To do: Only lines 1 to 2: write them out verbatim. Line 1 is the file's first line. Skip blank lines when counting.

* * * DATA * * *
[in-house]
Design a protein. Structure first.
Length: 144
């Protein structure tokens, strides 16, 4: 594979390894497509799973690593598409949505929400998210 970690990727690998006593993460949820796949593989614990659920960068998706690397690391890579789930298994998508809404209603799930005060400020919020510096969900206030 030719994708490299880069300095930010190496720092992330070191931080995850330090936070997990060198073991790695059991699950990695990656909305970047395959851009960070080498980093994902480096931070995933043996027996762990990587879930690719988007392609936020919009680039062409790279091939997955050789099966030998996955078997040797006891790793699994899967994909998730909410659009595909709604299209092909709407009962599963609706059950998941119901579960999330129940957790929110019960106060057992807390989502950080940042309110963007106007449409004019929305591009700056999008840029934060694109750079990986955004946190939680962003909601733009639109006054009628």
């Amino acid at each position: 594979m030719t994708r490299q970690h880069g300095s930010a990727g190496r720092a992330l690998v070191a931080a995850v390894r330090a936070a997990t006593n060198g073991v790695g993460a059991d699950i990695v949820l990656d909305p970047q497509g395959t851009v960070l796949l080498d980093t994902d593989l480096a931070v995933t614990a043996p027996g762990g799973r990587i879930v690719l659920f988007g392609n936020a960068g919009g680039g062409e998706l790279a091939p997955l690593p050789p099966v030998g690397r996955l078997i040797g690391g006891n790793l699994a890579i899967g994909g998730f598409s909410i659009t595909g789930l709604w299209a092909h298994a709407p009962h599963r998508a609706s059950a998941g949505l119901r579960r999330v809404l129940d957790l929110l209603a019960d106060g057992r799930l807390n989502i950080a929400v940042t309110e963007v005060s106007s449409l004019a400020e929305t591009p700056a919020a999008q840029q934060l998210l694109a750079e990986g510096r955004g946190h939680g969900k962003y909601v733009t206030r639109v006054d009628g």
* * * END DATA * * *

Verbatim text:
[in-house]
Design a protein. Structure first.